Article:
PHD enzymatic activity requires oxygen, reduced iron, and 2-oxoglutarate. In addition, these enzymes are sensitive to other inputs that indirectly reflect oxygen availability, including changes in reactive oxygen species generated by the electron transport chain and changes in Krebs cycle metabolites.3 Thus, the PHD proteins are poised to act as oxygen sensors, coupling changes in oxygen availability to changes in the HIF transcriptional program. As predicted, PHD function is compromised in ischemic myocardium as determined by increased accumulation of HIFα and HIF-responsive gene products.4–7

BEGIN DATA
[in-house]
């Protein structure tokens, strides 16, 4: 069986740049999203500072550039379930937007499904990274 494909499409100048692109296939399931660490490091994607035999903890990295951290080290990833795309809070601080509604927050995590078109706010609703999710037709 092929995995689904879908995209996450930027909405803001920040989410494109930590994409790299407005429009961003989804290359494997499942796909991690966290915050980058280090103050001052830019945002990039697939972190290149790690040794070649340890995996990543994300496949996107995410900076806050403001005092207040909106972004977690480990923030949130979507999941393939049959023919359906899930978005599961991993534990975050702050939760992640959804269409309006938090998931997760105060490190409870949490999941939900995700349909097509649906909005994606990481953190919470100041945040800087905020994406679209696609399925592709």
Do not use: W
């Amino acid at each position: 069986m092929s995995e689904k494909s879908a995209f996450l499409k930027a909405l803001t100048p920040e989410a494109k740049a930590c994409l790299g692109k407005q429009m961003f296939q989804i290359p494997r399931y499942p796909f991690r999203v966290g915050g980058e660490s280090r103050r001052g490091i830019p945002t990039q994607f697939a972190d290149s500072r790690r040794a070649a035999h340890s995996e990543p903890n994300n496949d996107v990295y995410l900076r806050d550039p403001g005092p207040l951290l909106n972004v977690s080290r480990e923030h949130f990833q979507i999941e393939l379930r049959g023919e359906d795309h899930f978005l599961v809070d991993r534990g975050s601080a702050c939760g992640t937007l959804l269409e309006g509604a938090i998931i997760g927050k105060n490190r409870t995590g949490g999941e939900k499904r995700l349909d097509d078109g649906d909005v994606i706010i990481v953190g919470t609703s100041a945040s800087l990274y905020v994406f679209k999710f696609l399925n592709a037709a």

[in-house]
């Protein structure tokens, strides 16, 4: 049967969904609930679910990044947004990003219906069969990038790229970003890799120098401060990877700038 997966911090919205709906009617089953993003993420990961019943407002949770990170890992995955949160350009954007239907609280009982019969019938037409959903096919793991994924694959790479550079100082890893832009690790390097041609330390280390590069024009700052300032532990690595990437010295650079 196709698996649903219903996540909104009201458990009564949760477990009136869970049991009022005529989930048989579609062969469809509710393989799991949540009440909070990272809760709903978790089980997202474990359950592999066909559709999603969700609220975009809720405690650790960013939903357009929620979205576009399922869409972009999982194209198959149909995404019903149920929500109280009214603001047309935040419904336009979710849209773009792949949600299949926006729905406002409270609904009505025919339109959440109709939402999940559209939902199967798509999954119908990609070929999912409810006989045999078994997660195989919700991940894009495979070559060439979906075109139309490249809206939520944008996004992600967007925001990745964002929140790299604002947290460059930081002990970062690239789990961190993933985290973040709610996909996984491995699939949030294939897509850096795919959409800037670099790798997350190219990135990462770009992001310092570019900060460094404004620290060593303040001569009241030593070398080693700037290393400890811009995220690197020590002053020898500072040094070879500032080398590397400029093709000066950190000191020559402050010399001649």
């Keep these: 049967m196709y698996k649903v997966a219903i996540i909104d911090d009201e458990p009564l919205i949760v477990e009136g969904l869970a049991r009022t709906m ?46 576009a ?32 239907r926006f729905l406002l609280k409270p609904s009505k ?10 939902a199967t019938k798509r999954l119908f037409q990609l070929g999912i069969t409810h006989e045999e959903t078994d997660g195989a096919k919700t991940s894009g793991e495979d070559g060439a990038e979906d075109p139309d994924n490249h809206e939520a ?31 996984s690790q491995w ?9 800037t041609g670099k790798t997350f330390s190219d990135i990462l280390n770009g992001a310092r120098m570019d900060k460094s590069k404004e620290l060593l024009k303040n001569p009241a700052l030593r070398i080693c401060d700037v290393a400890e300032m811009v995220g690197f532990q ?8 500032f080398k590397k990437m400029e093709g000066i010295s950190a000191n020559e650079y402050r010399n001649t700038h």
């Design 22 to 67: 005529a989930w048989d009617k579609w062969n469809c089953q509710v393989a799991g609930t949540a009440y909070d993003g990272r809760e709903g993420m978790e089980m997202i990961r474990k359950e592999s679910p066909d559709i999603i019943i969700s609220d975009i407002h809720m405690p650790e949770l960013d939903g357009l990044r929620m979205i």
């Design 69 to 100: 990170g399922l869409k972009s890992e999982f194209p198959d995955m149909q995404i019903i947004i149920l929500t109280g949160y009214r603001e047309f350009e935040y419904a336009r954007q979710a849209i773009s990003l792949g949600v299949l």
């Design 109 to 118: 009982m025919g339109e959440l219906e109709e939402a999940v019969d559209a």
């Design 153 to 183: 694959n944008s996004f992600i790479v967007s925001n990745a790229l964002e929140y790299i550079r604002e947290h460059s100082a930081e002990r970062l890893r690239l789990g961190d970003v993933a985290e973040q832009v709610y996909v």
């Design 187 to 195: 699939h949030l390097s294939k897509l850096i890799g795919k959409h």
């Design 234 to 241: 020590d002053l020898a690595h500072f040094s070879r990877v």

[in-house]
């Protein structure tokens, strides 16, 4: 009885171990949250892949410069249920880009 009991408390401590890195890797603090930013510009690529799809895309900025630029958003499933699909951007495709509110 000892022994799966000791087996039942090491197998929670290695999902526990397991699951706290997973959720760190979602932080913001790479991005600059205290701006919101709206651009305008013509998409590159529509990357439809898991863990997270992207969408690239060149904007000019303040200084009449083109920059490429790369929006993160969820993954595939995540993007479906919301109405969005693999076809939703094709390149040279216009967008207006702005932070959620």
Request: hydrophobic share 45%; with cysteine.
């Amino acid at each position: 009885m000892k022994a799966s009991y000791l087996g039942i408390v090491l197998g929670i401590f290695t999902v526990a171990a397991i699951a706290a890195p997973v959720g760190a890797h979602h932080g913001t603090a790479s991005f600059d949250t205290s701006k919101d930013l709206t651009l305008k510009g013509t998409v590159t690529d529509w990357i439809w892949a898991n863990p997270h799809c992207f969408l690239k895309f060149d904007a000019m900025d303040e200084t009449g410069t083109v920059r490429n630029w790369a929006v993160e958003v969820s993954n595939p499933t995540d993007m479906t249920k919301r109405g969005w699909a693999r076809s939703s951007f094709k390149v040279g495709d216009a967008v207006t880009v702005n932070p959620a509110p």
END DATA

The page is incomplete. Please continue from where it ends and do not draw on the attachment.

Mammalian cells have 3 PHD paralogs: PHD1 (also called EglN2), PHD2 (EglN1), and PHD3 (EglN3). All 3 genes are widely expressed, but there are organ-dependent differences in their expression. For example, both PHD2 and PHD3 are highly expressed in the heart. Although all 3 PHD family members can hydroxylate HIFα in vitro,8,9 PHD2 appears to be the primary hydroxylase responsible for regulating HIFα levels in vivo, with PHD1 and PHD3 playing compensatory roles under certain conditions.10–13